Geduldig v. Aiello
417 U.S. 484 (1974)

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U.S. Supreme Court

Geduldig v. Aiello, 417 U.S. 484 (1974)

Geduldig v. Aiello

No. 73-640

Argued March 26, 1974

Decided June 17, 1974

417 U.S. 484

Syllabus

California has a disability insurance system for private employees temporarily disabled from working by an injury or illness not covered by workmen's compensation, under which an employee contributes to an Unemployment Compensation Disability Fund one percent of his salary up to an annual maximum of $85. A disability lasting less than eight days is not compensable, except when the employee is hospitalized. Benefits are not payable for a single disability exceeding 26 weeks. A disability resulting from an individual's court commitment as a dipsomaniac, drug addict, or sexual psychopath is not compensable, nor are certain disabilities attributable to pregnancy. Appellees, four women otherwise qualified under the program who have suffered employment disability because of pregnancies, only one of which was normal, challenged the pregnancy exclusion. A three-judge District Court upheld their contention that the exclusion violated the Equal Protection Clause. The court denied a motion to reconsider based on a state appellate court ruling, in which appellant who administers the program has acquiesced, confining the exclusion to only normal pregnancies. The California program, in terms of the level of benefits and risks insured, is structured to maintain the solvency of the Disability Fund at a one-percent annual level of contribution. The District Court acknowledged that coverage of disabilities resulting from normal pregnancies would entail substantial additional expense. But it concluded that this increased cost could be accommodated through adjustments in the rate of employee contribution, the maximum benefits payable, "and the other variables affecting the solvency of the program."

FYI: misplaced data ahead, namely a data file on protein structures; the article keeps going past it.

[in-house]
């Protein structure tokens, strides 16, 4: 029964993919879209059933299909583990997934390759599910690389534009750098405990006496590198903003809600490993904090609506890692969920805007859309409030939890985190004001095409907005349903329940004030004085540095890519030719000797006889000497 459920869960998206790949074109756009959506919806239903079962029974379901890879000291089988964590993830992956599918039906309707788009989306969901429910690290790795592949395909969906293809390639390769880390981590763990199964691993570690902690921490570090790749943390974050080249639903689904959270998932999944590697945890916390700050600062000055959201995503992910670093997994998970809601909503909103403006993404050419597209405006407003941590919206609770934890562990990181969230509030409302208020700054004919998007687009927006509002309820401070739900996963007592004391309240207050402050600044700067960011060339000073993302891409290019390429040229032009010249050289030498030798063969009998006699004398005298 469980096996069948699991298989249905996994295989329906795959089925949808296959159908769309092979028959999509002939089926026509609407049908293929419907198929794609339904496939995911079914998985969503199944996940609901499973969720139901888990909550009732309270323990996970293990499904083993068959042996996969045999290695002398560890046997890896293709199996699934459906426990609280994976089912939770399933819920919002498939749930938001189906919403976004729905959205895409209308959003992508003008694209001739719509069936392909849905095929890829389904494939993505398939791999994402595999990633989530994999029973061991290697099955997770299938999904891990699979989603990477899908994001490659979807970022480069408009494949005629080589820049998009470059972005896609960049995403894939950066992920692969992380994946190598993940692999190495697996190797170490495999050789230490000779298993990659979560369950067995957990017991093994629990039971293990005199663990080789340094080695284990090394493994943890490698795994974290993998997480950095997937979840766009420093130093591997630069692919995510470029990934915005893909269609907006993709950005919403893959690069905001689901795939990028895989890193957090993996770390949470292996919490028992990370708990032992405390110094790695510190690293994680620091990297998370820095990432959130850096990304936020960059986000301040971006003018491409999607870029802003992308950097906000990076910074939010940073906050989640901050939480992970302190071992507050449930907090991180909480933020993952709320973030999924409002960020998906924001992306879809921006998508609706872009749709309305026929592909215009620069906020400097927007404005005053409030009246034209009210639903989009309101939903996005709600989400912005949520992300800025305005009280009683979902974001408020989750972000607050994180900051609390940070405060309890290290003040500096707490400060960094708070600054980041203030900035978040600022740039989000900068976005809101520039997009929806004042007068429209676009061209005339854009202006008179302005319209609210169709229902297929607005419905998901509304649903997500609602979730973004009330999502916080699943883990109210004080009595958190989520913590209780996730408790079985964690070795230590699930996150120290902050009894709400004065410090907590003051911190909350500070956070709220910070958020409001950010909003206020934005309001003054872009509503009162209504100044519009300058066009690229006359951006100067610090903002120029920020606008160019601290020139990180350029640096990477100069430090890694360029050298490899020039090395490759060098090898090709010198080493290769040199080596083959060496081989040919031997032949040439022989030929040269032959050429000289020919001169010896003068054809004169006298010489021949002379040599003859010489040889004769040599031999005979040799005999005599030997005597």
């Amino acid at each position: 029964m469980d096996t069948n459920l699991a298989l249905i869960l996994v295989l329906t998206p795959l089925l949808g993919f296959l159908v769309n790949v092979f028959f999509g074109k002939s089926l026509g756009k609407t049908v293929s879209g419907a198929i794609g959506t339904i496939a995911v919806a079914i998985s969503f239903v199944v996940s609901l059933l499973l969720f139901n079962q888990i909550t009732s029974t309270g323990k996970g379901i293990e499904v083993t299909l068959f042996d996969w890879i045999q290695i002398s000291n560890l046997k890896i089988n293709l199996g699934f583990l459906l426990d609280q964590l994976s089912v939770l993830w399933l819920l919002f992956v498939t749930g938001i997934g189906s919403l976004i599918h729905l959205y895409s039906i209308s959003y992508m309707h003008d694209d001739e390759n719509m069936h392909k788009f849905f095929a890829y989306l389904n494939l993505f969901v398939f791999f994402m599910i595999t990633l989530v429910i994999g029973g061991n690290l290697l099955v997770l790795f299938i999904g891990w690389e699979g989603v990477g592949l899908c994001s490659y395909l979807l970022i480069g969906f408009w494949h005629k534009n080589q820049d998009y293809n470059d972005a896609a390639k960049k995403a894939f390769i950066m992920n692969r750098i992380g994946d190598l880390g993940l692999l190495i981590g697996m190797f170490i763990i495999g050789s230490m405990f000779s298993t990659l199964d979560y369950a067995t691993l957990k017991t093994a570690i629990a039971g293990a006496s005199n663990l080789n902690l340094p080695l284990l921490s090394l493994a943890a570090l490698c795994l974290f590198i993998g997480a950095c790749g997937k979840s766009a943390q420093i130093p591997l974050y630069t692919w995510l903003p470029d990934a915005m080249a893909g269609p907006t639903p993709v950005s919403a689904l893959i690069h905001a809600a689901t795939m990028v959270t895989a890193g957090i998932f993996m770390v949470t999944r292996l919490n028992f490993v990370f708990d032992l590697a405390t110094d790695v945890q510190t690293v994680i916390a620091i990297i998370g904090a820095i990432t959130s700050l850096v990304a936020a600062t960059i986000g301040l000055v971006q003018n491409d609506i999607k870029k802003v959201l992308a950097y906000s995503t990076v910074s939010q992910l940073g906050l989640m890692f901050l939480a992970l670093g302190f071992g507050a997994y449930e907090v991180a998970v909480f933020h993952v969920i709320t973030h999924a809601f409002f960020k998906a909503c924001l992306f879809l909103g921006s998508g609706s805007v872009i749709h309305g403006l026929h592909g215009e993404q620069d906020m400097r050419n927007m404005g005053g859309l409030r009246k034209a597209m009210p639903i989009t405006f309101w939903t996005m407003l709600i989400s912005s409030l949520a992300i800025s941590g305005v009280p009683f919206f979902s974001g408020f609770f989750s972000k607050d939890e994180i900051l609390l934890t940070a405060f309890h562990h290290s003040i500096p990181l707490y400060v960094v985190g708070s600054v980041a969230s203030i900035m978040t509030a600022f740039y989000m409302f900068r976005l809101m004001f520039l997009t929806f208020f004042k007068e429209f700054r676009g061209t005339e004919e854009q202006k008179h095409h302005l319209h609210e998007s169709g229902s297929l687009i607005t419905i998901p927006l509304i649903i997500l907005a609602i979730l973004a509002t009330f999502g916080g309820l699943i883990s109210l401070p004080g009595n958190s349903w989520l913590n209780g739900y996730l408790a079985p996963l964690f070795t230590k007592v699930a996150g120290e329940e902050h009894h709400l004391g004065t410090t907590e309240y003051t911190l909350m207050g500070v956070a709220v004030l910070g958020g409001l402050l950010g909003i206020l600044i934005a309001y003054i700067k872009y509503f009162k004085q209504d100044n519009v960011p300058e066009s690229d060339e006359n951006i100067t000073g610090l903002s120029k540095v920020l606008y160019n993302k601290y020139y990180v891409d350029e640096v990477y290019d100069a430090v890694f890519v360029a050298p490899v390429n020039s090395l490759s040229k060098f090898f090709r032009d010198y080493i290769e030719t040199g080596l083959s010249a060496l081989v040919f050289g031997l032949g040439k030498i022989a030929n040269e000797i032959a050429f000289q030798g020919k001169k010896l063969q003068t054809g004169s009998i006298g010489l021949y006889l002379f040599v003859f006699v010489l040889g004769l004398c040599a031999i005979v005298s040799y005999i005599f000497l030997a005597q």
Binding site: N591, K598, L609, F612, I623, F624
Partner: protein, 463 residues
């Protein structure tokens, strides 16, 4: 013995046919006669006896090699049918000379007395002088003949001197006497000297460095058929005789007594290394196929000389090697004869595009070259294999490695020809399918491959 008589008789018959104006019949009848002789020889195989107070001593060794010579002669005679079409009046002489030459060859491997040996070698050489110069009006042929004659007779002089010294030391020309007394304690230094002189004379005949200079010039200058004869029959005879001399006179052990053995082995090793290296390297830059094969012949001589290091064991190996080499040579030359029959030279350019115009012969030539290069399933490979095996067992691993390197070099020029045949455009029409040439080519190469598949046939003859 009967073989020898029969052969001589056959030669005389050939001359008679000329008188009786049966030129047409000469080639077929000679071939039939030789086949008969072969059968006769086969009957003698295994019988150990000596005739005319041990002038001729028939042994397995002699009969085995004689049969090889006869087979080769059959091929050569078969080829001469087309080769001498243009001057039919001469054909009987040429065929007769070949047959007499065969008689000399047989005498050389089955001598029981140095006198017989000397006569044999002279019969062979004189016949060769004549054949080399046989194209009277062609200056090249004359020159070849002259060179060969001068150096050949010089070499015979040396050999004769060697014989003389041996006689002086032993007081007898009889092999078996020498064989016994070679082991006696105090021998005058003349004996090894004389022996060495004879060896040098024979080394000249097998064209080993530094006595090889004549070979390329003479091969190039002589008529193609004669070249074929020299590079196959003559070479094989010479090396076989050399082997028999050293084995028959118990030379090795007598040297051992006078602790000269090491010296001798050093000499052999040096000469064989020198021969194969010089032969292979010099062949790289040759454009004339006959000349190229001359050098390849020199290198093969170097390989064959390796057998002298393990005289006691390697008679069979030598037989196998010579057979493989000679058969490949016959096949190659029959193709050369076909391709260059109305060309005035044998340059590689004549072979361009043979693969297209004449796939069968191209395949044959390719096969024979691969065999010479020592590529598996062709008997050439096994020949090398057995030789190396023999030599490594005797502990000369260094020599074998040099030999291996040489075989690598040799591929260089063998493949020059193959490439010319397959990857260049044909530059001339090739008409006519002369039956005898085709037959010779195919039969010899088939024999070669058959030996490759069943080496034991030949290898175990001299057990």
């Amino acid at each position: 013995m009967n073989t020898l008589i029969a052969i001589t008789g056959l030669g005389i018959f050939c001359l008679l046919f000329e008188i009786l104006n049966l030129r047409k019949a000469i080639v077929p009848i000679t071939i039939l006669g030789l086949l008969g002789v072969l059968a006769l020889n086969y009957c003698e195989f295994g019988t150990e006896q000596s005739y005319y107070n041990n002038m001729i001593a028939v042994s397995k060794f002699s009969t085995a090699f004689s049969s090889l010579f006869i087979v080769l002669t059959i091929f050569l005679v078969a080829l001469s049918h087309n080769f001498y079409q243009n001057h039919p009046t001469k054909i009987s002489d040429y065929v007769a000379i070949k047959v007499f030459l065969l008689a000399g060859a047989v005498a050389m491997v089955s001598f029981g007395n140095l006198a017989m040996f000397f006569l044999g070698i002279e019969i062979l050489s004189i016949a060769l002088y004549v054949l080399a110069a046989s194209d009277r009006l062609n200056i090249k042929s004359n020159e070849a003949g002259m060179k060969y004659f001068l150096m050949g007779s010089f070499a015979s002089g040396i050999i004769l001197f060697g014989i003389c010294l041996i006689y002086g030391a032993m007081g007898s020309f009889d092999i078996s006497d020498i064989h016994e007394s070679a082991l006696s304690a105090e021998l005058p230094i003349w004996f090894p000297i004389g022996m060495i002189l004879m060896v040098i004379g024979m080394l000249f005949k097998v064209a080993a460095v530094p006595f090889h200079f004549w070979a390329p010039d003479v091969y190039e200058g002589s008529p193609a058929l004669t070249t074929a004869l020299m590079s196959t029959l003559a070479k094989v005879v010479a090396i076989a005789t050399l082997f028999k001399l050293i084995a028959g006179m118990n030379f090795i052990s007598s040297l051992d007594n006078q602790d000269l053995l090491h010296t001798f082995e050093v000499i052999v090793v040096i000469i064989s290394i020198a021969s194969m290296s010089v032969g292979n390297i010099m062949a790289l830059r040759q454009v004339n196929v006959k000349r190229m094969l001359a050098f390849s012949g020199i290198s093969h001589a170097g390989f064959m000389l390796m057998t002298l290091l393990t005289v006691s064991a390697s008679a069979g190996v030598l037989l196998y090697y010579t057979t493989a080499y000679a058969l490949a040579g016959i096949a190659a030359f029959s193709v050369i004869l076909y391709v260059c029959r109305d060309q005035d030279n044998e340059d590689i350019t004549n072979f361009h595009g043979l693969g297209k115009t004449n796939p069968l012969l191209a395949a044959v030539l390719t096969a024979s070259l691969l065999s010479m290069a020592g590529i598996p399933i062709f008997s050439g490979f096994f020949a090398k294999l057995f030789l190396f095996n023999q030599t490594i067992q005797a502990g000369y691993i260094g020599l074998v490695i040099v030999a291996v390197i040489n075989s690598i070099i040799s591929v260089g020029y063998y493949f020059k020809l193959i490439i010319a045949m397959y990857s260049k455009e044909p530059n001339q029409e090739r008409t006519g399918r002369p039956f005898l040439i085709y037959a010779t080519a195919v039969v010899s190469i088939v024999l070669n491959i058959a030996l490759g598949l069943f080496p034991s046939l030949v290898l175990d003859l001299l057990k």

Held:

1. The appellate ruling and administrative guidelines excluding only normal pregnancies have mooted the case as to the three appellees who had abnormal pregnancies and whose claims have now been paid. Pp. 417 U. S. 491-492.

Page 417 U. S. 485

2. California's decision not to insure under its program the risk of disability resulting from normal pregnancy does not constitute an invidious discrimination violative of the Equal Protection Clause. The program does not discriminate with respect to the persons or groups eligible for its protection, and there is no evidence that it discriminates against any definable group or class in terms of the aggregate risk protection derived from the program. The sole contention is the asserted underinclusiveness of the program's coverage as a result of the exclusion of disabilities resulting from normal pregnancy. The State is not required by the Equal Protection Clause to sacrifice the self-supporting nature of the program, reduce the benefits payable for covered disabilities, or increase the maximum employee contribution rate just to provide protection against another risk of disability, such as normal pregnancy.

"[T]he Equal Protection Clause does not require that a State must choose between attacking every aspect of a problem or not attacking the problem at all."

Dandridge v. Williams,397 U. S. 471, 397 U. S. 486-487. Pp. 417 U. S. 492-497.

359 F.Supp. 792, reversed.

STEWART, J., delivered the opinion of the Court, in which BURGER, C.J., and WHITE, BLACKMUN, POWELL, and REHNQUIST, JJ., joined. BRENNAN, J., filed a dissenting opinion, in which DOUGLAS and MARSHALL, JJ., joined, post, p. 417 U. S. 497.

Page 417 U. S. 486

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